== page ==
The doctor covers my mother’s hand
with his own hand. Her hand is
a speckled egg he is keeping warm.
The nursing assistant reaches out
to touch the yellow roses,
and murmurs, “Bonito.”
Several people come in and speak
cheerily to the bedcovers and the curtains,
but not to my mother,
who no longer makes eye contact.
Trays appear and disappear,
and so do cups of melted ice water.
After dinner, I gently remove my mother’s teeth
and wash them in the sink.
A male nurse on night duty offers me
a soft cotton blanket, my favorite kind.
As my mother sleeps,
the housekeeper mops the floor.
A gray strand gets caught
around the caster of her bed,
and then it breaks free.
About the poet:
Christine Higgins is a graduate of the Johns Hopkins University Writing Seminars. She has been a MacDowell Colony Fellow and the recipient of a Maryland State Arts Council Award. Her work has appeared in many journals including Poetry East, PMS poemmemoirstory, America and Naugatuck River Review. Her chapbook Threshold was published in 2013 by Finishing Line Press. Visit her website at christinehigginswriter.com.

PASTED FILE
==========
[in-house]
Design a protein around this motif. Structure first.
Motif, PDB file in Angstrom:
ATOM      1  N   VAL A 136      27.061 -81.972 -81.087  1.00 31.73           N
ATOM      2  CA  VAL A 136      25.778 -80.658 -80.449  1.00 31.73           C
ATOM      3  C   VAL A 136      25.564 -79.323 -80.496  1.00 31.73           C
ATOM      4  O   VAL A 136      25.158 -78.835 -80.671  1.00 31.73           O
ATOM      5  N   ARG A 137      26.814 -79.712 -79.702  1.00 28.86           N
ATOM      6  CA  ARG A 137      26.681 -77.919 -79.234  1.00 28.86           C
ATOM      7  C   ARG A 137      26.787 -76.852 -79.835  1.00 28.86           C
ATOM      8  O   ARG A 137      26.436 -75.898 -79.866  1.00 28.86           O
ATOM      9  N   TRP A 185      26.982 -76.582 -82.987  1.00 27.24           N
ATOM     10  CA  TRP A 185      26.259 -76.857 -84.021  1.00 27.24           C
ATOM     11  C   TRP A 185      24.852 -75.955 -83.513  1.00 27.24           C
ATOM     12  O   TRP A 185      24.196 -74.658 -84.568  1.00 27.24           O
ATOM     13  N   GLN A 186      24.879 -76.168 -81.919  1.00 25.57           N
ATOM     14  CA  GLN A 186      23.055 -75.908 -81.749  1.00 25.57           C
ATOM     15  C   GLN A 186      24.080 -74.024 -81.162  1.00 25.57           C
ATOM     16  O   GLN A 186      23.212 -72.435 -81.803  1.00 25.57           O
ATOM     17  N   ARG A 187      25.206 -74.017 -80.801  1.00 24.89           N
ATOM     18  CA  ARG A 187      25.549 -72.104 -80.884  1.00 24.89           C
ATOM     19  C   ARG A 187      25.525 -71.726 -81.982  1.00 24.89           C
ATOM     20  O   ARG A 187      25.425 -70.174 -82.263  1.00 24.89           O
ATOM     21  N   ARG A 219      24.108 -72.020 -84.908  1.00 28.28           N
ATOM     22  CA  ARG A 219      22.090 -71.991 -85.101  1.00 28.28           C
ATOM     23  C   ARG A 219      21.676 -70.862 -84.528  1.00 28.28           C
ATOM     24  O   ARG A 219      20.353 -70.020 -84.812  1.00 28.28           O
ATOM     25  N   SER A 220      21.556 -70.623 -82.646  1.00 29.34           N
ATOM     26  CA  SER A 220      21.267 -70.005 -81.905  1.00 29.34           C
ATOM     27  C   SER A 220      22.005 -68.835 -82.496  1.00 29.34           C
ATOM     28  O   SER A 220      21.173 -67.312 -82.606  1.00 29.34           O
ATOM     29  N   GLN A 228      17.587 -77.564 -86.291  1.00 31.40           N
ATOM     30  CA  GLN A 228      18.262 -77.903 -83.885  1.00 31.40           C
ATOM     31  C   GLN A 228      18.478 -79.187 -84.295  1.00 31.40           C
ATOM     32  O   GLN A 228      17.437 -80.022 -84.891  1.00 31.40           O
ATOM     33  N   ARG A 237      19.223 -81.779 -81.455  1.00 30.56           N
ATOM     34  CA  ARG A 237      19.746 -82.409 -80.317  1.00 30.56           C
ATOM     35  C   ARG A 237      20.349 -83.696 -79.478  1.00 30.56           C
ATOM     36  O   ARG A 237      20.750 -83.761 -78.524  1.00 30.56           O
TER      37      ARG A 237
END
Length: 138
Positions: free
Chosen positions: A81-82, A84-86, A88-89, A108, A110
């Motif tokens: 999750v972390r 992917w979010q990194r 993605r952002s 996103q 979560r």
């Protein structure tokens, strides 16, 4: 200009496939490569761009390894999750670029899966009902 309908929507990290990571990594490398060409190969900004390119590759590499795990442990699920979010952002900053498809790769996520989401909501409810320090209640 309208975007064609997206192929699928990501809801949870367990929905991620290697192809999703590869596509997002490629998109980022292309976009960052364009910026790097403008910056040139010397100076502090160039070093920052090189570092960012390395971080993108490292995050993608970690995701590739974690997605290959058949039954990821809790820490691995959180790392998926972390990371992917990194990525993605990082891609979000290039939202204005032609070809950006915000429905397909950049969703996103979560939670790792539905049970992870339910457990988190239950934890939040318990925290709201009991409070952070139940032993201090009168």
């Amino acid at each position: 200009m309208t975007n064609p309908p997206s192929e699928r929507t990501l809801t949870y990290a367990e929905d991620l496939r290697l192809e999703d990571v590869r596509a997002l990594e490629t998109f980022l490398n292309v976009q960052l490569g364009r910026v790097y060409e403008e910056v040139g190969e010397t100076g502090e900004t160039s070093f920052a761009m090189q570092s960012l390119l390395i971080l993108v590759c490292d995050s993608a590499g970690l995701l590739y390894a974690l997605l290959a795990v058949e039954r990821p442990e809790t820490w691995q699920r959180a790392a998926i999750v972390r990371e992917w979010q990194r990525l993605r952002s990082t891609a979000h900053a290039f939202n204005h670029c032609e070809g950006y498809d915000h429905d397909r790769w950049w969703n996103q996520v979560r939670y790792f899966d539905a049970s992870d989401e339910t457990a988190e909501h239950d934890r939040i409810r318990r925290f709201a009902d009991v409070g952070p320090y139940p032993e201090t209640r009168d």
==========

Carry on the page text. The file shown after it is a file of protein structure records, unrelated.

About the poem:
“The poem arises from the occasion of sitting vigil in the hospital with my mother, who was dying. In a twist on the doctor’s dictum ‘If it isn’t written down, it didn’t happen,’ the poem records all the things that happen which seem significant to the poet, but have otherwise gone unrecorded.”
Johanna Shapiro and Judy Schaefer